If you have enough space in your entryway or foyer, consider adding some type of seating for putting on and taking off shoes. A bench, chair or ottoman will do the trick. If you can find an ottoman with storage inside, you’ve hit the jackpot! Now you can store additional items in the ottoman and keep it from cluttering up your entryway.

Hopefully, these ideas will get you inspired to organize your foyer. Remember, you only get one chance to make a first impression. Put your best foot forward and enjoy your organized foyer!


Why is “Budget” Such a Dirty Word?

For some strange reason, most people look at budgeting as a bad thing. Personally, I think budgeting is the path to wealth. If you don’t know how much money is flowing through your house, how will you be able to save money and pay the lowest prices for the things you need?


I created my first budget when I was 15, so budgeting is not new to me. It’s simply keeping track of how much comes in and how much goes out. I create a new budget each month because the amounts of certain items fluctuate from month to month.

I love Dave Ramsey’s guide to creating a budget. He states that your budget should have a zero balance when you are finished creating it. Having a zero balance means that you know where every single dollar is going for that month.  If you’ve never heard of Dave Ramsey, here’s his website to learn a little bit about him.

So, let’s get started. I am going to show you a quick and easy way to create a budget you can live with.

  1. Write down and total all of your income sources-paycheck, child support, alimony, part-time job, any other money that comes in consistently each month
  2. List and total your monthly expenses-mortgage, rent, car loan, insurance payments, charitable contributions, cable, gas, electric, water, sewer, cell phone, food (this category can be greatly reduced if you follow my coupon posts), and debt payments.
  3. Subtract the total of your monthly expenses from your monthly income.Whatever is left over can be allocated to things like: savings, paying down debt, charitable contributions, eating out, entertainment, vacations, birthdays, holidays, home maintenance, auto maintenance or anything your heart desires. Just be sure to specify an amount to each category to help you stay on track for the month. When you are finished, your income and expenses should be the same amount. This is the zero-based budget.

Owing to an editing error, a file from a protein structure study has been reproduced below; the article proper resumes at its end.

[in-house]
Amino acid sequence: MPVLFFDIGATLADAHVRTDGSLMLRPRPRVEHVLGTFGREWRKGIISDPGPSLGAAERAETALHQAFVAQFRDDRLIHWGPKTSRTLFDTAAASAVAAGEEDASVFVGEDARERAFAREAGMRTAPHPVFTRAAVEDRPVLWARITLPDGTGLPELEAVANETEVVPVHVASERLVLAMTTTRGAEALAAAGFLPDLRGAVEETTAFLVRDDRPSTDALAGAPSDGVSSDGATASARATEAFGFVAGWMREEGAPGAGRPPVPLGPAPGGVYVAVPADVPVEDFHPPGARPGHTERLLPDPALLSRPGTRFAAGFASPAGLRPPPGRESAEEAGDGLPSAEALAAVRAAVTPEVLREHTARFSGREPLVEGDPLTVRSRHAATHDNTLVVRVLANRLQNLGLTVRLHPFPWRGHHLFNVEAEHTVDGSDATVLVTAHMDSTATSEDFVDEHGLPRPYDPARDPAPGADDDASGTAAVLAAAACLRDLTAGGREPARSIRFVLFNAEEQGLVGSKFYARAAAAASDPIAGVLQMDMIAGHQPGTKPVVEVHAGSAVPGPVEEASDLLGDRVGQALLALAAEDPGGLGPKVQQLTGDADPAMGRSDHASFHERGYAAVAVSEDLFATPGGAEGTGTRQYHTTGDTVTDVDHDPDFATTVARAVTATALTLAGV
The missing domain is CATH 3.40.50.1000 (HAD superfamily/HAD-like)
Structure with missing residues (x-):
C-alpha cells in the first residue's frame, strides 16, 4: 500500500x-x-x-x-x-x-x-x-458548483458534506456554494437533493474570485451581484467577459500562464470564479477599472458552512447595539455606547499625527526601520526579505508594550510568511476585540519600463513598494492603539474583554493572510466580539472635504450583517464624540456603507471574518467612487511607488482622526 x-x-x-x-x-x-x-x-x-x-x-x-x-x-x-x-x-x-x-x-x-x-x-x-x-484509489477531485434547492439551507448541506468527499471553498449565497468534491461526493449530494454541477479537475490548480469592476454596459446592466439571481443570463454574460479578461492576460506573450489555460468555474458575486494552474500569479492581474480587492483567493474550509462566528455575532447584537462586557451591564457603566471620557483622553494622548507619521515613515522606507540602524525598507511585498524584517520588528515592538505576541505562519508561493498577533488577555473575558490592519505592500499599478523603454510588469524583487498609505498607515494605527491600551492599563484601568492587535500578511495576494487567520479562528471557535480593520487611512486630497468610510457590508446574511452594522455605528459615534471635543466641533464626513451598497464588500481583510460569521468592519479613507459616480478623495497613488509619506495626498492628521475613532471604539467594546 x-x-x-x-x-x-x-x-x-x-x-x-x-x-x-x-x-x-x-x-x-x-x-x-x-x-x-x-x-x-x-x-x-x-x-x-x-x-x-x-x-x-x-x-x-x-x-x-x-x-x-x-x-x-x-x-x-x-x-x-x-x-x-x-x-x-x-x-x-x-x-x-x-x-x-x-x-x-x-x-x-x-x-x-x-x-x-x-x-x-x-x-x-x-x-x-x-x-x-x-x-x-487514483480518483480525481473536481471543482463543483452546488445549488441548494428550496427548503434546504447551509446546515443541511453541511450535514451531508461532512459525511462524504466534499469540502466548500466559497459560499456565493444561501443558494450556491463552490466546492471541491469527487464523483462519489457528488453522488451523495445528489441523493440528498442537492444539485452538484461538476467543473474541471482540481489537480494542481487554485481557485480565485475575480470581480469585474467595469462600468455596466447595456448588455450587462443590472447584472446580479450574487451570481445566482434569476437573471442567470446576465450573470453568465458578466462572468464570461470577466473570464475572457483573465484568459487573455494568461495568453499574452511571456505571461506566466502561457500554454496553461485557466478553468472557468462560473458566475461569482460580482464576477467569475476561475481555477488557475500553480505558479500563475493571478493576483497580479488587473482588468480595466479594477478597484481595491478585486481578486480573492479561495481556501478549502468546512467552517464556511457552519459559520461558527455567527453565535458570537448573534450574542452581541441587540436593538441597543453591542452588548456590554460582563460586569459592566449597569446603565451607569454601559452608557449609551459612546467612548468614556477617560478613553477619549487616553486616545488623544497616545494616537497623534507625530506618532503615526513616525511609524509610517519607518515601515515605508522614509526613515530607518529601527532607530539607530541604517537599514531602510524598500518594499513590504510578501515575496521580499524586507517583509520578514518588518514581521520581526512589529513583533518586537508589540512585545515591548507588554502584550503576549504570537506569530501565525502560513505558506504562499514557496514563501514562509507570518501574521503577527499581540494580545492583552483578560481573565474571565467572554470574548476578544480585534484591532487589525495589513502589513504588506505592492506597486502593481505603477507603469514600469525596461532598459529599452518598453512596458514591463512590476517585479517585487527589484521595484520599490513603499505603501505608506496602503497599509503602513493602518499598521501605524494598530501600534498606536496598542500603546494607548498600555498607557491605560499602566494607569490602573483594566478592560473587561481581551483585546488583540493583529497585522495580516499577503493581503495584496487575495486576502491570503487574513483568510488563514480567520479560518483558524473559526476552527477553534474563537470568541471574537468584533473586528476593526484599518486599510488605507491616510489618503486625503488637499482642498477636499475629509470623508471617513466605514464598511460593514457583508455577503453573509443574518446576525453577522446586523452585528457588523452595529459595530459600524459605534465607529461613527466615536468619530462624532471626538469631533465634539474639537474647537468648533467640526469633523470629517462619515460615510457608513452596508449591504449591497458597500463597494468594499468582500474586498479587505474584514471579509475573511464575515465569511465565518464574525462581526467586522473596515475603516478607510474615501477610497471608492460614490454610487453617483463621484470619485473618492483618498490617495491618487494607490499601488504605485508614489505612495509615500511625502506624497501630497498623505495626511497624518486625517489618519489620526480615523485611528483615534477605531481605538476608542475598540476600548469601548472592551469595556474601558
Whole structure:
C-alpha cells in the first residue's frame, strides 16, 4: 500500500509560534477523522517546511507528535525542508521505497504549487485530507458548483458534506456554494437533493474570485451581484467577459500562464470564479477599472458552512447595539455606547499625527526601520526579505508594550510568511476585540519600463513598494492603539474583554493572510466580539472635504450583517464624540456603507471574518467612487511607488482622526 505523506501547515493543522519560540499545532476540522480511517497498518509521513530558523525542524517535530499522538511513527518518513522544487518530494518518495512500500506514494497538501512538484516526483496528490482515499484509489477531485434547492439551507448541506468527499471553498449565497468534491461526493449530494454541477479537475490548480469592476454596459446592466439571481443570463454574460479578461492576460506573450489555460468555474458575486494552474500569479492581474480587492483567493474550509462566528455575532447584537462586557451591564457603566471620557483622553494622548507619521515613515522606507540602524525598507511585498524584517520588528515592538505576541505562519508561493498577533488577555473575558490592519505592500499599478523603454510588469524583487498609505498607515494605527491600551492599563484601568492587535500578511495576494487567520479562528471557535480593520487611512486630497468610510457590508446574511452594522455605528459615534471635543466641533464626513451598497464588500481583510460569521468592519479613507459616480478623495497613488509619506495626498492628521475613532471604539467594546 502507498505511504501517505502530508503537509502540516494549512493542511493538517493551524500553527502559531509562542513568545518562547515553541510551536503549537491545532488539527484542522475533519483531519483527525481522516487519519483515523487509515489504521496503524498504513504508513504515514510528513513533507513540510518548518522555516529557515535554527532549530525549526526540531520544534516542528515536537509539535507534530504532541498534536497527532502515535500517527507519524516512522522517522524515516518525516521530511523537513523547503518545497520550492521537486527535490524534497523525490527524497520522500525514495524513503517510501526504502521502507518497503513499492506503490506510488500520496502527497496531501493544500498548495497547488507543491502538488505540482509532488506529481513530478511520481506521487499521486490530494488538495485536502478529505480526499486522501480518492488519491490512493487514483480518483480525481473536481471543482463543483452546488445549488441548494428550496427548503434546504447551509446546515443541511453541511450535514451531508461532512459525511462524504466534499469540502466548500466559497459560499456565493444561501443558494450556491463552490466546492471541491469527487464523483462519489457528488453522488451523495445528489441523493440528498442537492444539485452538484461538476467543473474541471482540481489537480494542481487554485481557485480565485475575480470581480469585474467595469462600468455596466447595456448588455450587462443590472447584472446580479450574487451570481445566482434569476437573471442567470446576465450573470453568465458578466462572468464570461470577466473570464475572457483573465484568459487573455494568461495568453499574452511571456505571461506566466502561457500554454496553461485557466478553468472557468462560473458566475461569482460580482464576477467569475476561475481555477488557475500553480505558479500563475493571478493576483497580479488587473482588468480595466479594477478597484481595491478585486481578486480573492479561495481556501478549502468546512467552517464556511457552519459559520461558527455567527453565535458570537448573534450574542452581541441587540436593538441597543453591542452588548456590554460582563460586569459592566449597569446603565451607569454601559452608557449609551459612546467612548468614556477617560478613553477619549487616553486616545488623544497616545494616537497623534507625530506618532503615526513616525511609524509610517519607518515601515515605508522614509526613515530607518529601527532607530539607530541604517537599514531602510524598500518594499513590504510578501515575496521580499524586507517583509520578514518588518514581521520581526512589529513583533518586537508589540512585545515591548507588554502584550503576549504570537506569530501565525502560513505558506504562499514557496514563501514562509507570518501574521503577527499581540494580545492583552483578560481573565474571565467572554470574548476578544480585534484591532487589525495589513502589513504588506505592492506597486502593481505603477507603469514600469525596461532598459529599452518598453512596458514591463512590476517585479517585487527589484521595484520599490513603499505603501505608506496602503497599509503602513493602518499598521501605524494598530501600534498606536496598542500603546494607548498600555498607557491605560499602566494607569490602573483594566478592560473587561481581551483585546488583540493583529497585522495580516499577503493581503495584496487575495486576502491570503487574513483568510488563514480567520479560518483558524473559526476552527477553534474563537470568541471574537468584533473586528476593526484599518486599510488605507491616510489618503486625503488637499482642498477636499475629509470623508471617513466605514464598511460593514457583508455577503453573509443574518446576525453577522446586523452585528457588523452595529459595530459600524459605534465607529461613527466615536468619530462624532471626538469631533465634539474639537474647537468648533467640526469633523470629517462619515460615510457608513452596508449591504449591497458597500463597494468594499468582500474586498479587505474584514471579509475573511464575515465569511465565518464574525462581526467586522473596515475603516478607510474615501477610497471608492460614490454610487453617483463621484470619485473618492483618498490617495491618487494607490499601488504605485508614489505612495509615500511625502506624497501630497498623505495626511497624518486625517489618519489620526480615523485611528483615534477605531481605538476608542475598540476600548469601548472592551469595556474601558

Now the key to sticking to a budget is tracking your expenses during the month. There are many ways you can do this. There is an envelope system where you put the money for each category in its own envelope and spend from there. When the money is gone, you have to wait for next month to replenish it. This system will help keep you from overspending and will enable you to see how much money you are really spending in each category. If you run out of money in your grocery envelope too soon, but have money left in your entertainment envelope at the end of the month, you can adjust the numbers for next month to include more money for groceries and less for entertainment.

You can also keep up with the balances in each category by using an Excel spreadsheet or a checkbook register.  In this age of technology, there are also apps that you can put on your phone or tablet to keep track of purchases and balances. I like to use GoodBudget but there are many others out there for you to choose from. Search around for a good fit.

Know that it may take a few months to get a handle on your budget. Just keep tweaking it each month until it feels right.

Now, what if your expenses exceed your income and you don’t have any left over? That means that you are living above your means and need to find ways to either increase your income or reduce your debt. Read this post to learn how to begin living below your means.

Be sure to check out my other post about paying off debt using the Snowball Method.